The transition from rowing into coaching

The transition from rowing into coaching is often something I find myself getting caught out with. Like walking past a window and seeing a reflection while all so seeing through the glass to the view on the other side. The flicker and glimmer of an image cast across the lens of glass catches your eye all the while the things seen through it are a wash with this lens but in a fait and off kilter way and more only a moment.

Yesterday I was back in a boat and actually it was the third time this week as I filled in our men’s quad scull for one of our athletes. Its was like being back on the other side of the glass looking back through from an all to familiar lens and now tho s time the dancing image was my newer perspective. Having watched sessions for the speed boat in Italy and the bike path in Eton these row’s have reminded me so vividly of the realities of making changes, holding movement patters, concentrating, driving, staying loose and so much more. Hold this, move that, step, press, spin, stretch, hold, roll, stay talk, snap, crisp, hips, together, drive, swing, hold, draw, release, yes, oops, no, blade on water, keep up, relax, set, stretch, place, string, hang, com’on, up, draw, time it, got it, away, lead, up, pick, tall, hips, slide, twist, shit, caught, hands down, length, press, through, away, hold body, handle lead, soft knees, boat to us, hands catch push and the self talk went on and on. Stroke after stroke I had to keep all the little reminders going.

Sure I had times where it became a little more natural, but to be honest I was doing heaps of processing. Balancing effort with relaxation, tech focuses with driving, timing with others and ability to contribute or stuff things up. What this did really was bring back much of this reflection in the glass which I actually never really thought I would be experiencing again. So there I am in four days and four row’s I have done 68km with much of it at heart rate 170+ bpm. Yes thats right I was well into the red and yet loving it. It really has reminded me of some many things and even though I am not a scullers &%##*& I enjoyed doing some new things while still trying to find the feeling of old. Also I thought I was moving my hands so fast at the release only to made told I still had the slowest hands. Using tow oars rather than one was only challenging when I completely forgot to do something with one of them. That’s right I just plain forgot on occasions to do what needed to be done and on these occasions I found myself apologising to the guys.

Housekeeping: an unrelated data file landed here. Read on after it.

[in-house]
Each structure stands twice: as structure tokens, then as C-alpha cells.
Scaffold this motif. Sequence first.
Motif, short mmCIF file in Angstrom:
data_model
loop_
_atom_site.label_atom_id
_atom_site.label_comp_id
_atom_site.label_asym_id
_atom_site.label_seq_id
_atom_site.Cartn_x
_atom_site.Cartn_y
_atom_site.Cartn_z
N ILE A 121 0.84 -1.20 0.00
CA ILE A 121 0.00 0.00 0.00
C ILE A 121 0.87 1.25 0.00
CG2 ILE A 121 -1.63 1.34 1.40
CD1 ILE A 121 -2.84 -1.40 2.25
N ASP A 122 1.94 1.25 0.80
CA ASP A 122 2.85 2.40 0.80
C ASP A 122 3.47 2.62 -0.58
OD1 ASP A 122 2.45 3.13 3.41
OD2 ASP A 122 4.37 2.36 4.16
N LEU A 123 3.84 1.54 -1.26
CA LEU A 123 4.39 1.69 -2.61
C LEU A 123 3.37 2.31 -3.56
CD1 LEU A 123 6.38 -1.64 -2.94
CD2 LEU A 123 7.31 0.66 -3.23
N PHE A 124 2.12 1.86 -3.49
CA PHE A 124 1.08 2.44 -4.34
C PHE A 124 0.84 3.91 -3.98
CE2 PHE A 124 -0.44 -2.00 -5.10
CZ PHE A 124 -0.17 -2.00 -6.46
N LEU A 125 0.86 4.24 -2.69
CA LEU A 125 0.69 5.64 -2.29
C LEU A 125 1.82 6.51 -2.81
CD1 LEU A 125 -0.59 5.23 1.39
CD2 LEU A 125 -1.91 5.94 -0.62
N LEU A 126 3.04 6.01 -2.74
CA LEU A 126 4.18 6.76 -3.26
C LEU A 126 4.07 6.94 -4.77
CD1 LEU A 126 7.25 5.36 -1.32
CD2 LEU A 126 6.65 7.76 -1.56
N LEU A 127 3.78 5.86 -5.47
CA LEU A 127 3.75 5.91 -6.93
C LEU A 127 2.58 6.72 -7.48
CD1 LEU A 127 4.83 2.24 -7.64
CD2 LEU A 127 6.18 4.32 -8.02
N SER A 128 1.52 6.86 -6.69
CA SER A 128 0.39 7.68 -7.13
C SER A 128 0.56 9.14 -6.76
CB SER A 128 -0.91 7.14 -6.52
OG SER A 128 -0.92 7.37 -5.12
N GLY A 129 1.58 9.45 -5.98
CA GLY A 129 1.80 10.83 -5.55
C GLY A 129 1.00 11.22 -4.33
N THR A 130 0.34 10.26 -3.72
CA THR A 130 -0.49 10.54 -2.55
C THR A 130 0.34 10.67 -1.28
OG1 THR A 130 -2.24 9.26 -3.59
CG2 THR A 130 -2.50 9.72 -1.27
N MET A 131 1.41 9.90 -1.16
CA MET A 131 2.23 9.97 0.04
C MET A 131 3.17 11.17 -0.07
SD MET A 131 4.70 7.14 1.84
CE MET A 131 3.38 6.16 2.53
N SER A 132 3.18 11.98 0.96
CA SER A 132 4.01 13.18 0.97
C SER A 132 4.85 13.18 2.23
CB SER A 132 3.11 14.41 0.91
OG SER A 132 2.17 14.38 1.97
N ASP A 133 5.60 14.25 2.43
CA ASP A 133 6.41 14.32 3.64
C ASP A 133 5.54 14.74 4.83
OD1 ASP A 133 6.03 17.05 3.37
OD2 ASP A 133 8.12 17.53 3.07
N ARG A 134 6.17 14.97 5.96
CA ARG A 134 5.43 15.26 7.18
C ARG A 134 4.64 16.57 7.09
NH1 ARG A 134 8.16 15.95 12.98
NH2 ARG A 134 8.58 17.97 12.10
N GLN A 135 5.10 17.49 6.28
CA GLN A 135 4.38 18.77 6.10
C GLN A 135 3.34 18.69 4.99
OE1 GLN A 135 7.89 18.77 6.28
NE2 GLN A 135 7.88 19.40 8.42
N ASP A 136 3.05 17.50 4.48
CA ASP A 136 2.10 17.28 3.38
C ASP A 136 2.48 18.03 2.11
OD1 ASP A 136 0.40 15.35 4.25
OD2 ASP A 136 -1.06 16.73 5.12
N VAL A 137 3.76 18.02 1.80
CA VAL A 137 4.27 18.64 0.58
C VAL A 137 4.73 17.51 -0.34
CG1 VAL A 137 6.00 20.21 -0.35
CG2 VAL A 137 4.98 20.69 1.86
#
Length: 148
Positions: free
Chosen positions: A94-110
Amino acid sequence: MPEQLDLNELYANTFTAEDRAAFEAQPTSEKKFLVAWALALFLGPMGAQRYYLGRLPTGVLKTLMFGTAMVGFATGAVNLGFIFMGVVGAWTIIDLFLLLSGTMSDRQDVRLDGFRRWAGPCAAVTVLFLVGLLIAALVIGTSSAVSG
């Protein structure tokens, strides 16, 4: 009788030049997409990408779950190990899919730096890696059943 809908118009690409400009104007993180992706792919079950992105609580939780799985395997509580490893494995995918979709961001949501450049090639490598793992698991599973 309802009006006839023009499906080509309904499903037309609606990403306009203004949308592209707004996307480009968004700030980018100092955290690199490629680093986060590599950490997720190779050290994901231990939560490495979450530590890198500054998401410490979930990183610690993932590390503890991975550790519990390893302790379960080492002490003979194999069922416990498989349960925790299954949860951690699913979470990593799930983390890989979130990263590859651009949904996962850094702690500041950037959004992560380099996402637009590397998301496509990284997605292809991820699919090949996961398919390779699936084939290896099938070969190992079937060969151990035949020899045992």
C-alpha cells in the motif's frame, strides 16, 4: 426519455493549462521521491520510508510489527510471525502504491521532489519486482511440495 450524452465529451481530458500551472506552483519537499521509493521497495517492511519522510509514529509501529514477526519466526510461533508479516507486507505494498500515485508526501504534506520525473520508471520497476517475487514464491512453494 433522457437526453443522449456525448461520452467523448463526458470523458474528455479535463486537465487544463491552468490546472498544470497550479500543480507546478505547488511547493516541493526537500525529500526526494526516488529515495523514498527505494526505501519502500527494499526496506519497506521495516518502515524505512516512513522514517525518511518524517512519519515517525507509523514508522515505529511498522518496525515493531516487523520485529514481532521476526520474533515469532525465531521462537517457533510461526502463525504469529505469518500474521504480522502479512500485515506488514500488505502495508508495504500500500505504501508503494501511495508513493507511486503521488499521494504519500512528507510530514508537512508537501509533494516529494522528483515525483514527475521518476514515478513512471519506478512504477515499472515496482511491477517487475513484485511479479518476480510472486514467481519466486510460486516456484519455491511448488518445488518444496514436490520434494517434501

The transition then to coaching or working with our National team coaches has been bloody great fun. Sure its not all smooth sailing there has been a few stormy days as I get used to my role and likewise for those I am working with. So these few rows have been a gentle reminder of a past and with my new focus I am curious how I can assist our athletes and coaches better with this refreshed understanding.

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